Chris Maddams of Red Daffodil,, which has branches in Cape Town and Johannesburg, says that being water-wise, having an understanding and sympathy for your local environment in planting indigenous, and aiming for organic principles in pest care and feeding have been established for a while. "Principles that are accelerating are definitely anti-lawn – seeing as they take the greatest amount of water and upkeep – and filling in or moving swimming pools. Plant-wise, grasses are noticeable in their popularity. because they need to be planted en masse, they suit both modern and traditional styles, plus we are seeing new varieties of both indigenous and exotic grasses that are suitable for smaller gardens."

Hot Tip: "My best advice if you want to go indigenous is to take a look at the trees you have," says Chris. "Most of the mature trees I see in urban gardens are exotics, so why not go out and buy an indigenous tree, plant it as close as possible (or choose something that is used to growing under a canopy like a Forest Alder or Nuxia floribunda) and over time trim back the exotic until the new tree can replace it without you ever having to lose your privacy or shade - in effect creating a succession plan." Jane says, "Frankly I am not really influenced by trends and feel that it is of prime importance that the garden and house are in harmony. Each garden has its own unique character as does its owner. as with any art form, it is subjective and individual. The house, trees, shrubs and lawns must form part of an integrated whole. However, in the light of the availability of water in South Africa, I would say that the general trend is towards water-wise gardening and indigenous plantings."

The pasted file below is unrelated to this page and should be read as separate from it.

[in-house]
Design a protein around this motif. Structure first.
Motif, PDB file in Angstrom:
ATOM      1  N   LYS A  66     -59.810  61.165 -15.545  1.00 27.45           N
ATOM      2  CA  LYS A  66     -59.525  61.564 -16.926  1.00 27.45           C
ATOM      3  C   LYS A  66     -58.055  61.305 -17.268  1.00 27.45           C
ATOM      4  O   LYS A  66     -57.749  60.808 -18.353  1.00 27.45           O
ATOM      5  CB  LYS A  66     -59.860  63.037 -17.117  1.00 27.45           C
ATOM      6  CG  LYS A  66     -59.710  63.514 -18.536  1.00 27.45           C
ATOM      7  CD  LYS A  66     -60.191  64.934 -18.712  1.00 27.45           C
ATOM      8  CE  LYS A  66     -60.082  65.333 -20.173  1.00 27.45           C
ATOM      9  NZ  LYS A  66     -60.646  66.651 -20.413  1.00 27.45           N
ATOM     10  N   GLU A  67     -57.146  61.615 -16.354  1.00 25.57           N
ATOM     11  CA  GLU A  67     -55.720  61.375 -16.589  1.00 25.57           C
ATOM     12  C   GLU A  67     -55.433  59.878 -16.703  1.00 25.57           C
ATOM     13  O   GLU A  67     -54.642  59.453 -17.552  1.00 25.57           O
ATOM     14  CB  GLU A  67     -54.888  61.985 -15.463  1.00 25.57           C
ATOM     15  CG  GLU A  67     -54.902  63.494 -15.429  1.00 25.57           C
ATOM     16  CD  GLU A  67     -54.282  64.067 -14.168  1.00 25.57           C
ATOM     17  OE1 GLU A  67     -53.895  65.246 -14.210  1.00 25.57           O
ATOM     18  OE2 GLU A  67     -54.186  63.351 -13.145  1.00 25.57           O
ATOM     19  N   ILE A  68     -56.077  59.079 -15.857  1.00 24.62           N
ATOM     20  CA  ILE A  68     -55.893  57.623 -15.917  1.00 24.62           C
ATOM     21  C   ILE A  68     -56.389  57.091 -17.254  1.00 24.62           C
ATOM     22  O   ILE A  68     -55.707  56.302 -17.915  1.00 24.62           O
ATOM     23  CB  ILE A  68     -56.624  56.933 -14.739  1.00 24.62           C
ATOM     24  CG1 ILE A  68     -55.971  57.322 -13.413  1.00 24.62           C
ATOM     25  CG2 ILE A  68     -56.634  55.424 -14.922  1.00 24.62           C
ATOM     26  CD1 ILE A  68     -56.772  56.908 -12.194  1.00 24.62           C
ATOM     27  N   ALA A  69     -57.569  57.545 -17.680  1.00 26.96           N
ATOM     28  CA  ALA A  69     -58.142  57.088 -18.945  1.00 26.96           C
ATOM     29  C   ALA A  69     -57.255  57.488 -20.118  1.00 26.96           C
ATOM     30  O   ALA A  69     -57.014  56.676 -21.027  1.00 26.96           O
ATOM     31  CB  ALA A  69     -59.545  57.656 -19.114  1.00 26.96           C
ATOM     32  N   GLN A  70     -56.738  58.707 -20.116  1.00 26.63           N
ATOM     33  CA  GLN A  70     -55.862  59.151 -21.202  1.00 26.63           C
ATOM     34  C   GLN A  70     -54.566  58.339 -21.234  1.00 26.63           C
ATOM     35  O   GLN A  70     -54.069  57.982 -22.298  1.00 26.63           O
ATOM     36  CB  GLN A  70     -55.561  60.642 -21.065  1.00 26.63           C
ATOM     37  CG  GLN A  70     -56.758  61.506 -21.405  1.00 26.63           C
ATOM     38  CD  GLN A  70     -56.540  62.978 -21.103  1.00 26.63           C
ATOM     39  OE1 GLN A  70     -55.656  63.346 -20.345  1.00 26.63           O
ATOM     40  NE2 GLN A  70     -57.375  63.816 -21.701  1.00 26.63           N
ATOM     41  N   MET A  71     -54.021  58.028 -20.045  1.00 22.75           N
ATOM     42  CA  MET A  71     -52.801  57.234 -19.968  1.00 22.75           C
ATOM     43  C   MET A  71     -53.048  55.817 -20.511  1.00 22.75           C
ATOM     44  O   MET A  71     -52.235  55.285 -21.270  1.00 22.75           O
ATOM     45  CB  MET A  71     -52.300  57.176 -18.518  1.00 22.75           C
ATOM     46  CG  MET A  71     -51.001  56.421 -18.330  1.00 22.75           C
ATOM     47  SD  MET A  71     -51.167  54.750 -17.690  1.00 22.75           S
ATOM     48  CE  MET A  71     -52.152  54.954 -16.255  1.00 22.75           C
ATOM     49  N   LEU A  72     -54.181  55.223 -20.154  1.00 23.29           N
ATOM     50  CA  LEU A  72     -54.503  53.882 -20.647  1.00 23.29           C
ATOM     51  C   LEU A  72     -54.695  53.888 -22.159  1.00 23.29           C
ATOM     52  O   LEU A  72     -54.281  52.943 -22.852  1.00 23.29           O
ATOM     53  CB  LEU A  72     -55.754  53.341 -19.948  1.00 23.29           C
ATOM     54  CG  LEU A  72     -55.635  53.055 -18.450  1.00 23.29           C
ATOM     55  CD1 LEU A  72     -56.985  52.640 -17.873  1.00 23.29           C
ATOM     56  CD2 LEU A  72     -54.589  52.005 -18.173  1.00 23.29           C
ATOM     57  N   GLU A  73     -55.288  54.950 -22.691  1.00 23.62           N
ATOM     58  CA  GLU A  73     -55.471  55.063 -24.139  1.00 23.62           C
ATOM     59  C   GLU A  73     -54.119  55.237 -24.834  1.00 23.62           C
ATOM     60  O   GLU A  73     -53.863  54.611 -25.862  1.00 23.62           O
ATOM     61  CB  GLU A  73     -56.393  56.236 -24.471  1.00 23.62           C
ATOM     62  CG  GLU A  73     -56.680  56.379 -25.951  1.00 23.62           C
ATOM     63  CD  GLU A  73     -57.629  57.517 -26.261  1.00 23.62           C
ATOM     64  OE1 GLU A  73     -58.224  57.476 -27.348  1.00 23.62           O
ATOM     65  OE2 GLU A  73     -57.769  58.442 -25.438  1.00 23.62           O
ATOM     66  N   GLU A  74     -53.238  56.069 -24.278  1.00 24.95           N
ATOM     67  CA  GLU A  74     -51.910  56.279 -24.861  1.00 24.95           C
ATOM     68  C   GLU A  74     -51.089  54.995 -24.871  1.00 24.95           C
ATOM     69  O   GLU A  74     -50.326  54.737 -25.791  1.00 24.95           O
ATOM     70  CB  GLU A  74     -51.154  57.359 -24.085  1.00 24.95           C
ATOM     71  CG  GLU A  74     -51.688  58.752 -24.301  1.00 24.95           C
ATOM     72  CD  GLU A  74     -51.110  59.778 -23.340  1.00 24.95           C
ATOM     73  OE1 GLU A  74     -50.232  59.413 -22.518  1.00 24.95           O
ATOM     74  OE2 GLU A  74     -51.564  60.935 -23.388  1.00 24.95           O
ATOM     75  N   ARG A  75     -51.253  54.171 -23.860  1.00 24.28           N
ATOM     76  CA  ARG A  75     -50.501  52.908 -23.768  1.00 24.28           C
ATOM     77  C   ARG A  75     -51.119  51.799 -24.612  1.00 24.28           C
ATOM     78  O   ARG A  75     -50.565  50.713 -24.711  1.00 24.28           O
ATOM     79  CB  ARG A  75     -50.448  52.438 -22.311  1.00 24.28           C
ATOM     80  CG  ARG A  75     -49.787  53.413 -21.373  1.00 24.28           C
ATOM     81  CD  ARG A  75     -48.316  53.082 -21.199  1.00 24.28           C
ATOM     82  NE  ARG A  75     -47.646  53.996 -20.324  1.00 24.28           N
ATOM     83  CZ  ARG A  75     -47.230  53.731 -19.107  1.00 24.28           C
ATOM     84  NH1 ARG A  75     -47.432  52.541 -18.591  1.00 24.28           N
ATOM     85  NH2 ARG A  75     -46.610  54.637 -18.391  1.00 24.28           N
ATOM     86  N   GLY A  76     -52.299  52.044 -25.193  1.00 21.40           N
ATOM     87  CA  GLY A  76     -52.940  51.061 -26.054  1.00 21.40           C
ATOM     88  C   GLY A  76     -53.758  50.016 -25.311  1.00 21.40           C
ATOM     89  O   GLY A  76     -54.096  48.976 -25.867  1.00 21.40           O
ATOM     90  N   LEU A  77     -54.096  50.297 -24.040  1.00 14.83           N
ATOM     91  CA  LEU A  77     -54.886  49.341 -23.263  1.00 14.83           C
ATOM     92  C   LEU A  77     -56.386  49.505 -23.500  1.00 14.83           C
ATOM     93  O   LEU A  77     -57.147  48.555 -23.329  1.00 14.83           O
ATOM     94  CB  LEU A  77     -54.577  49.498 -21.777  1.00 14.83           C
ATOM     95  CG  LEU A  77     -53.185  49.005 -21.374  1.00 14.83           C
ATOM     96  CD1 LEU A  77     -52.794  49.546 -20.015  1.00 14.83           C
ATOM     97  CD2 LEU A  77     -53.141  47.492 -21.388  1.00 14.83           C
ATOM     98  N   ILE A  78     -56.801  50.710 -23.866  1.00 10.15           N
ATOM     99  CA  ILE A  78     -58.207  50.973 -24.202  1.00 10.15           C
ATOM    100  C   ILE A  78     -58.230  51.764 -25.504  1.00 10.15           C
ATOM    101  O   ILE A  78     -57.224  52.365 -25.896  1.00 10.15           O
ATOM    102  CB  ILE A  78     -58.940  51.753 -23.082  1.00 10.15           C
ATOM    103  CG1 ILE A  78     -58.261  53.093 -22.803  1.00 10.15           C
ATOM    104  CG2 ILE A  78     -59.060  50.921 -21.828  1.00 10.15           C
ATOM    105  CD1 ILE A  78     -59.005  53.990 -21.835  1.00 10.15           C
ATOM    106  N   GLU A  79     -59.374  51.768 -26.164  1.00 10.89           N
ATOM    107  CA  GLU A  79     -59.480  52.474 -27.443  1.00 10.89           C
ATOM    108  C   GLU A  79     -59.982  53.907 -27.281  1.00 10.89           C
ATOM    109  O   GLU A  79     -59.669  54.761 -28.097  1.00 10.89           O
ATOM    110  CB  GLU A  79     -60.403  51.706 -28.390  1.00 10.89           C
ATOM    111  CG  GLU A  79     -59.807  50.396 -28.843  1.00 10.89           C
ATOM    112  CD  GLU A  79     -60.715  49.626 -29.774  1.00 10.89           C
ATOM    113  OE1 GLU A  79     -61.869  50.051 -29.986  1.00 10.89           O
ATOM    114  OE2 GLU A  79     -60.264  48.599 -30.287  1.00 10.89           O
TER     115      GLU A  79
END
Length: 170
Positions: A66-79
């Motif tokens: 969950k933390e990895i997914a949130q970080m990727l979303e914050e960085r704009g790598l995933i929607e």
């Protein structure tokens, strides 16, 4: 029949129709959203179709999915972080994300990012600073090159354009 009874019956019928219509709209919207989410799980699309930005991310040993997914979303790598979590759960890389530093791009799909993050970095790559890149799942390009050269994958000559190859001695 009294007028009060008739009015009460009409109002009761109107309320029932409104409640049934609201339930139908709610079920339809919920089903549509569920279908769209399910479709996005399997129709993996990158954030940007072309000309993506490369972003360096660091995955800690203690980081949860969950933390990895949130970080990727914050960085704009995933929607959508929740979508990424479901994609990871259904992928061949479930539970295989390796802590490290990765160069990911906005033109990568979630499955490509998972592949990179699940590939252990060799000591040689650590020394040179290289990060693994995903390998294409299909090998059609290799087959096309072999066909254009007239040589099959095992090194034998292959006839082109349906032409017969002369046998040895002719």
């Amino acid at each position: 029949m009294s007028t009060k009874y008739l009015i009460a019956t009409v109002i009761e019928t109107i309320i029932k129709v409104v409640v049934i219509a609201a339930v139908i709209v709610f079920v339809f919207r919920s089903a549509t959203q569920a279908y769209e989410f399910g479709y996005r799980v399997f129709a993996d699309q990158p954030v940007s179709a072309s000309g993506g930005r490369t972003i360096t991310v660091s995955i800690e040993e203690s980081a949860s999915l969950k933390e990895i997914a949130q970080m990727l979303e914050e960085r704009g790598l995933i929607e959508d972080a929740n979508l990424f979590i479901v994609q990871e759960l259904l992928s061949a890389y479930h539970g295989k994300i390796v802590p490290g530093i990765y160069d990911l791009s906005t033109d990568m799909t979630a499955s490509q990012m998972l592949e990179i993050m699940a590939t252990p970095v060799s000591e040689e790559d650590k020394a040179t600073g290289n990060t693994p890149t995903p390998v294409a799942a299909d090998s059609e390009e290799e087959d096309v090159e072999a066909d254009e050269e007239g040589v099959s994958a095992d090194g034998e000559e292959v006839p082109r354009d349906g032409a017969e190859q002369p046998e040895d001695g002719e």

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How to make the change to indigenous gardens: Tips from Simon Clements

  • Spend time at your nursery and look for plants that are locally indigenous. There are some fantastic sites, such as, that will give you detailed information on a wide variety of indigenous and locally-indigenous plants.
  • Spend time getting to know which parts of your garden are in sun and shade at what times in the day and what times in the year – this will help you buy and place plants in areas they will thrive in. iPhone apps such as Helios are very useful in forming a ‘sun-map’.